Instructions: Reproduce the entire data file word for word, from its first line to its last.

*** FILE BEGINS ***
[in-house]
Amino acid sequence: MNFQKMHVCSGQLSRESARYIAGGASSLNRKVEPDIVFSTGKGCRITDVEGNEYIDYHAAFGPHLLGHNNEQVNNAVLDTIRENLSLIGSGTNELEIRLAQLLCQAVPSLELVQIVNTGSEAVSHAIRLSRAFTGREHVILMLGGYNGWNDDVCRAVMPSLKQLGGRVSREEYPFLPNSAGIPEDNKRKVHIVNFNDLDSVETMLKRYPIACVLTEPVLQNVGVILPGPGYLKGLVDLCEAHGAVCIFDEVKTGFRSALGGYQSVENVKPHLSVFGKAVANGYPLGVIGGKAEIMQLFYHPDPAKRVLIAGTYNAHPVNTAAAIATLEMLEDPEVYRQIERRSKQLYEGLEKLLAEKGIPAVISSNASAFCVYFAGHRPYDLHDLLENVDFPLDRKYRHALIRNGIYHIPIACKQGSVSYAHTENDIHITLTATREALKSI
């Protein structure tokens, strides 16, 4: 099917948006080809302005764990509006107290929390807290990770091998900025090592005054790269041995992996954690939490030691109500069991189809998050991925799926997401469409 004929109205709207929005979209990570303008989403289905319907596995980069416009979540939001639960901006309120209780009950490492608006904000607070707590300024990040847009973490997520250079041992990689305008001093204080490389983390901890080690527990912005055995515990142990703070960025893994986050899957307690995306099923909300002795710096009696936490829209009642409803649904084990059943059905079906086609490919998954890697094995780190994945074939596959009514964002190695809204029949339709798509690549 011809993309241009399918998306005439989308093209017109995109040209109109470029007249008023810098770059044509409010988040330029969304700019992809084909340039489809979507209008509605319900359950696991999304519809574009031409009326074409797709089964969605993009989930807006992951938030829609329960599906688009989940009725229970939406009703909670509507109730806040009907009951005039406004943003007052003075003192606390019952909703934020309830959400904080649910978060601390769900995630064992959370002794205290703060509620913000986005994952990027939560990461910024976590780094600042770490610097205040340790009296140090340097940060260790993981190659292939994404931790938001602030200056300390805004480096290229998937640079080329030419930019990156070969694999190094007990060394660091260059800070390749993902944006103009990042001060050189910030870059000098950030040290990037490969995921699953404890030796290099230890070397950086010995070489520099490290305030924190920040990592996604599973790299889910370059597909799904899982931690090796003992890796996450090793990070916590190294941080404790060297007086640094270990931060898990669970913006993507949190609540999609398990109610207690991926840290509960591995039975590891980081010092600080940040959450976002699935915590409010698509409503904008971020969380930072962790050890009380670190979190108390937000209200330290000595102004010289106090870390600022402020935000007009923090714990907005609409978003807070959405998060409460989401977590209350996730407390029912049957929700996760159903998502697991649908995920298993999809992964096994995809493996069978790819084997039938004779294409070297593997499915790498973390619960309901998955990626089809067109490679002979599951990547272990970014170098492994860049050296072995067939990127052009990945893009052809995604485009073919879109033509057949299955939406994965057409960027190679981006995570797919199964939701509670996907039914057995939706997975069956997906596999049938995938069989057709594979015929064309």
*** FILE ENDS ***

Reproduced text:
[in-house]
Amino acid sequence: MNFQKMHVCSGQLSRESARYIAGGASSLNRKVEPDIVFSTGKGCRITDVEGNEYIDYHAAFGPHLLGHNNEQVNNAVLDTIRENLSLIGSGTNELEIRLAQLLCQAVPSLELVQIVNTGSEAVSHAIRLSRAFTGREHVILMLGGYNGWNDDVCRAVMPSLKQLGGRVSREEYPFLPNSAGIPEDNKRKVHIVNFNDLDSVETMLKRYPIACVLTEPVLQNVGVILPGPGYLKGLVDLCEAHGAVCIFDEVKTGFRSALGGYQSVENVKPHLSVFGKAVANGYPLGVIGGKAEIMQLFYHPDPAKRVLIAGTYNAHPVNTAAAIATLEMLEDPEVYRQIERRSKQLYEGLEKLLAEKGIPAVISSNASAFCVYFAGHRPYDLHDLLENVDFPLDRKYRHALIRNGIYHIPIACKQGSVSYAHTENDIHITLTATREALKSI
């Protein structure tokens, strides 16, 4: 099917948006080809302005764990509006107290929390807290990770091998900025090592005054790269041995992996954690939490030691109500069991189809998050991925799926997401469409 004929109205709207929005979209990570303008989403289905319907596995980069416009979540939001639960901006309120209780009950490492608006904000607070707590300024990040847009973490997520250079041992990689305008001093204080490389983390901890080690527990912005055995515990142990703070960025893994986050899957307690995306099923909300002795710096009696936490829209009642409803649904084990059943059905079906086609490919998954890697094995780190994945074939596959009514964002190695809204029949339709798509690549 011809993309241009399918998306005439989308093209017109995109040209109109470029007249008023810098770059044509409010988040330029969304700019992809084909340039489809979507209008509605319900359950696991999304519809574009031409009326074409797709089964969605993009989930807006992951938030829609329960599906688009989940009725229970939406009703909670509507109730806040009907009951005039406004943003007052003075003192606390019952909703934020309830959400904080649910978060601390769900995630064992959370002794205290703060509620913000986005994952990027939560990461910024976590780094600042770490610097205040340790009296140090340097940060260790993981190659292939994404931790938001602030200056300390805004480096290229998937640079080329030419930019990156070969694999190094007990060394660091260059800070390749993902944006103009990042001060050189910030870059000098950030040290990037490969995921699953404890030796290099230890070397950086010995070489520099490290305030924190920040990592996604599973790299889910370059597909799904899982931690090796003992890796996450090793990070916590190294941080404790060297007086640094270990931060898990669970913006993507949190609540999609398990109610207690991926840290509960591995039975590891980081010092600080940040959450976002699935915590409010698509409503904008971020969380930072962790050890009380670190979190108390937000209200330290000595102004010289106090870390600022402020935000007009923090714990907005609409978003807070959405998060409460989401977590209350996730407390029912049957929700996760159903998502697991649908995920298993999809992964096994995809493996069978790819084997039938004779294409070297593997499915790498973390619960309901998955990626089809067109490679002979599951990547272990970014170098492994860049050296072995067939990127052009990945893009052809995604485009073919879109033509057949299955939406994965057409960027190679981006995570797919199964939701509670996907039914057995939706997975069956997906596999049938995938069989057709594979015929064309």